Mettre la santé publique sur la carte

SEATTLE – Il y a vingt-cinq ans, l'état de la santé publique pour les grandes populations était comparable à celui d'un médecin qui s'efforce de traiter un patient sans diagnostic approprié. Les maladies et les blessures qui écourtaient la durée de vie et causaient de grandes souffrances n'étaient pas rigoureusement répertoriées.

À l'époque les porte-parole bien intentionnés de différentes maladies ont publié le nombre de morts, ce qui leur a permis de plaider leur cause et de bénéficier de financements. Mais en fin de compte, le total était bien des fois supérieur au nombre réel de personnes mortes sur une année donnée. Et même lorsque les décisionnaires disposaient de données précises, elles portaient d'habitude uniquement sur les causes de la mort, mais pas sur les maladies qui frappaient les vivants.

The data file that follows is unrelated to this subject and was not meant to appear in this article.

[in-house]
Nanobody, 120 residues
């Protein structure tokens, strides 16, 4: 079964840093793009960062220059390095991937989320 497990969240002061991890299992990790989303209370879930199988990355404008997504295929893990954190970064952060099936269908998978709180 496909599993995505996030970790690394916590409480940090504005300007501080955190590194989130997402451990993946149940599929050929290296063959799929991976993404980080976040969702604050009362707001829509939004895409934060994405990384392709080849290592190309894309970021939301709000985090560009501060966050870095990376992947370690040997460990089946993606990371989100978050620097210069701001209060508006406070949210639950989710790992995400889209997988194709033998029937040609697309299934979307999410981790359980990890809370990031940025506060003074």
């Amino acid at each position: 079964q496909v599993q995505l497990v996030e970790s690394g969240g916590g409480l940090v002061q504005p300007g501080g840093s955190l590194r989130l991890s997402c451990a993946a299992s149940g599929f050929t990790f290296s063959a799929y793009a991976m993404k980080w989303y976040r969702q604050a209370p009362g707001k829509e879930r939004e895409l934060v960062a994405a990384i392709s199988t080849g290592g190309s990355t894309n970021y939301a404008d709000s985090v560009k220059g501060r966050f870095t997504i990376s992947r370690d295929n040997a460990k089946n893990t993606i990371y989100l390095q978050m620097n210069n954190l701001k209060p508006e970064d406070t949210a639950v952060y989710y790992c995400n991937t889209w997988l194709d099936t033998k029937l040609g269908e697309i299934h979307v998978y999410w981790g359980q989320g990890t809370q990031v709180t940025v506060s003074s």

Pour trouver une solution à ce problème, Alan Lopez et moi avons lancé le projet Global Burden of Disease (Fardeau mondial de la maladie, ou GBD) en 1990. Les décideurs ont besoin d'informations sur les plus grandes menaces de santé du monde et sur leur évolution au fil du temps, entre les groupes d'âge, par sexe, afin de pouvoir assurer à tous une chance de vivre le plus longtemps possible et de jouir de la meilleure santé possible.

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